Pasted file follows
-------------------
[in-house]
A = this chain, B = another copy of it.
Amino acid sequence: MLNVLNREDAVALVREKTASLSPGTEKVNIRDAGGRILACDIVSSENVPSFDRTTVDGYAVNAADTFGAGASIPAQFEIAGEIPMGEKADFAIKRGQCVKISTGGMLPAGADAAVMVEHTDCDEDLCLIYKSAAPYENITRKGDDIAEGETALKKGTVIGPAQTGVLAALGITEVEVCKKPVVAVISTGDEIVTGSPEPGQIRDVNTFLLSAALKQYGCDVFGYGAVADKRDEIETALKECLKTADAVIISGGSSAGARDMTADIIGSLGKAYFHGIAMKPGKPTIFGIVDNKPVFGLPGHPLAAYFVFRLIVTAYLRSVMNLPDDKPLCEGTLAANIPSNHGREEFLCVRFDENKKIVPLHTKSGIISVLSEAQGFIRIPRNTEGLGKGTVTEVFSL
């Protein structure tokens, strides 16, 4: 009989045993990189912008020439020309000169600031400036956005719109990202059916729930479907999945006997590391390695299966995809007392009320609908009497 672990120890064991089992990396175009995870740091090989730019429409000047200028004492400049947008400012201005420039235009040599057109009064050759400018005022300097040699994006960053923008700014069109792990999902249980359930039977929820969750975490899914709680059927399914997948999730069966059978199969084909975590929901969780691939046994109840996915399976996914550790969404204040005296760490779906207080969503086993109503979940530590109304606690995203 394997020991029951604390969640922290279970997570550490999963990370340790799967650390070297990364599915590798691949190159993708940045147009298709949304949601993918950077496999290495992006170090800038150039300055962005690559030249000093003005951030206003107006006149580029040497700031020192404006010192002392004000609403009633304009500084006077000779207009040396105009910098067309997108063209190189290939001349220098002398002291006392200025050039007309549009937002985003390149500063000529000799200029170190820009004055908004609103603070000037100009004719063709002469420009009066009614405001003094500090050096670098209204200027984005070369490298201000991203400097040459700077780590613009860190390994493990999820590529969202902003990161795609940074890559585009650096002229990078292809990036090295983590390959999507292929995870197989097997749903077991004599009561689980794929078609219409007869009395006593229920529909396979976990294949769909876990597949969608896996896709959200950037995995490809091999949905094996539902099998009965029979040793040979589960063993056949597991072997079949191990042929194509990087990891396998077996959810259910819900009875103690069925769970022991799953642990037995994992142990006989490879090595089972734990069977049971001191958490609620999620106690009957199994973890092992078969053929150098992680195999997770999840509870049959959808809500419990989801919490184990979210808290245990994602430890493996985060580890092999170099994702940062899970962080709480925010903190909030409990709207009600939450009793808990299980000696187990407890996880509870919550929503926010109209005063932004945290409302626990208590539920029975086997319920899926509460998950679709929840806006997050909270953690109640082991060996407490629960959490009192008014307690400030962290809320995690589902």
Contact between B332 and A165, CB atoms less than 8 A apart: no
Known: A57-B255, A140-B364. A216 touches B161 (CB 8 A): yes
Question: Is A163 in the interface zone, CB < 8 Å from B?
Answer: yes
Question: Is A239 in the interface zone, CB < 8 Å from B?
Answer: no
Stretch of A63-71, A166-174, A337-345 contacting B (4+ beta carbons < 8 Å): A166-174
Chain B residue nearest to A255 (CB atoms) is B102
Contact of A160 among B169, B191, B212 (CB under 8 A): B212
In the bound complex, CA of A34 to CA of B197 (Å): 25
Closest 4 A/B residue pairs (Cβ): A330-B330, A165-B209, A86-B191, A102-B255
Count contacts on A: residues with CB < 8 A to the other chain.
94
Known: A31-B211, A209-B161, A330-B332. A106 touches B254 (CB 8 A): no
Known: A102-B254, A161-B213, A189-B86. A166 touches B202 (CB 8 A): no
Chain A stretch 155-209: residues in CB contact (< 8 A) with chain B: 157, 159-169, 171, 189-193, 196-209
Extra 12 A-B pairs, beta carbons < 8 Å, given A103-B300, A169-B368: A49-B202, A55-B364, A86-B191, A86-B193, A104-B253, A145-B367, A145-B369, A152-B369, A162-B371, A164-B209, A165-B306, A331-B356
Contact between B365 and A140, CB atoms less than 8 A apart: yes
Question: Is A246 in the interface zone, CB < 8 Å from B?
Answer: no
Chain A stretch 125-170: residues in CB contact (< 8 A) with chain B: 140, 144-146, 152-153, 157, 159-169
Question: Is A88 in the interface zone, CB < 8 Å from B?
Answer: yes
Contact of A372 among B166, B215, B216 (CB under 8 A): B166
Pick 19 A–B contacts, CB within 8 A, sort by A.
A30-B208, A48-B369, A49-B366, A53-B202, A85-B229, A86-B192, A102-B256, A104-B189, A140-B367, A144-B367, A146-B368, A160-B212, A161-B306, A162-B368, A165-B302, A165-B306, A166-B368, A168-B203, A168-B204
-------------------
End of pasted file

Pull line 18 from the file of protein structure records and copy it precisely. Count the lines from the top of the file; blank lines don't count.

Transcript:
Known: A31-B211, A209-B161, A330-B332. A106 touches B254 (CB 8 A): no